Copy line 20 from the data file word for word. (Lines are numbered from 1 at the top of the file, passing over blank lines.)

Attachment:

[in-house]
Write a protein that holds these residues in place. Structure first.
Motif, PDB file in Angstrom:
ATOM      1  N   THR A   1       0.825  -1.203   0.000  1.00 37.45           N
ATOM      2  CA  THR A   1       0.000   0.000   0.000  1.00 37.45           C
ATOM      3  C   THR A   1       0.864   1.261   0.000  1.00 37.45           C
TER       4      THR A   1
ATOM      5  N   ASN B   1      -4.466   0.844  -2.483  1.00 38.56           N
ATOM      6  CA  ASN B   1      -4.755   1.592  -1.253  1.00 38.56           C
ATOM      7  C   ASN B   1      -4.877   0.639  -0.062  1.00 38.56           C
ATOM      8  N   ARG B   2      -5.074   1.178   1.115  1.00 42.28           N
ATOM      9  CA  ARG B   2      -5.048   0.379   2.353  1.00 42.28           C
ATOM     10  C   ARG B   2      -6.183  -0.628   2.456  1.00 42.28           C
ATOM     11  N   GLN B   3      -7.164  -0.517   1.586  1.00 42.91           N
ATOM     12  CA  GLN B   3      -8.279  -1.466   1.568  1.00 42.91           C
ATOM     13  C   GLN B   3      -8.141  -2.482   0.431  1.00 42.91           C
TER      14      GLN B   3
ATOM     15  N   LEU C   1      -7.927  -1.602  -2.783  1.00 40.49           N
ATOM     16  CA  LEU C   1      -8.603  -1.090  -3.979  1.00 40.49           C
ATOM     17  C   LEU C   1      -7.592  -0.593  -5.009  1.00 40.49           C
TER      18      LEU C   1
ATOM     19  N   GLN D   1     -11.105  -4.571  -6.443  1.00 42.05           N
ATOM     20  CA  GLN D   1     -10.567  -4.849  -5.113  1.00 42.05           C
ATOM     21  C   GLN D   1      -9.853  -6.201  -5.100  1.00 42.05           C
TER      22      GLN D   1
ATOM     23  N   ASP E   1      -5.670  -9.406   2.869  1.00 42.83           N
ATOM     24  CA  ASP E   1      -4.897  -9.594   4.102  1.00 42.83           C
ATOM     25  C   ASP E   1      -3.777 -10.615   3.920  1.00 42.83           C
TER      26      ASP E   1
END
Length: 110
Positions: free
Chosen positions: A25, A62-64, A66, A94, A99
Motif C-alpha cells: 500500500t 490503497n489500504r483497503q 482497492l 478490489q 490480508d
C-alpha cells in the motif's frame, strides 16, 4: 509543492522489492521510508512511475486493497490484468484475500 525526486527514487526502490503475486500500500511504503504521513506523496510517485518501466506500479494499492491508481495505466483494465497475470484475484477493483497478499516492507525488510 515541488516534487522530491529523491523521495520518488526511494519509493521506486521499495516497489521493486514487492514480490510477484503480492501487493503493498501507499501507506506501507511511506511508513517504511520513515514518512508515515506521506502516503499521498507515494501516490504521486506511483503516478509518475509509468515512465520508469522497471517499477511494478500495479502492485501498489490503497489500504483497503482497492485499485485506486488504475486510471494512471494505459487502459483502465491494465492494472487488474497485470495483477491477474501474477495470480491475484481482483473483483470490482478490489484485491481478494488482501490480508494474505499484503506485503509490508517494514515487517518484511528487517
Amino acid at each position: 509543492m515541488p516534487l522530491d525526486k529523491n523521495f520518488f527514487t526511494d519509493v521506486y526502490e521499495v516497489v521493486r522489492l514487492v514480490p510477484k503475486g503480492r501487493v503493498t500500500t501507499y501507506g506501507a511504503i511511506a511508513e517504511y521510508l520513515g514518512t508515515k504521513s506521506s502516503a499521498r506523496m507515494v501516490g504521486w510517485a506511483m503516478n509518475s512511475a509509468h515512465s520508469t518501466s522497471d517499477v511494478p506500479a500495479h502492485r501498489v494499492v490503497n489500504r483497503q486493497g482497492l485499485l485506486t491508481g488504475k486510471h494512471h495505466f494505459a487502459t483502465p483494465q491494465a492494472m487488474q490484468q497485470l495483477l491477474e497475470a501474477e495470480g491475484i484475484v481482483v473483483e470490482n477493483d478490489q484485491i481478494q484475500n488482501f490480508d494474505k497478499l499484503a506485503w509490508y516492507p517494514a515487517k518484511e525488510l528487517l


ATOM     17  C   LEU C   1      -7.592  -0.593  -5.009  1.00 40.49           C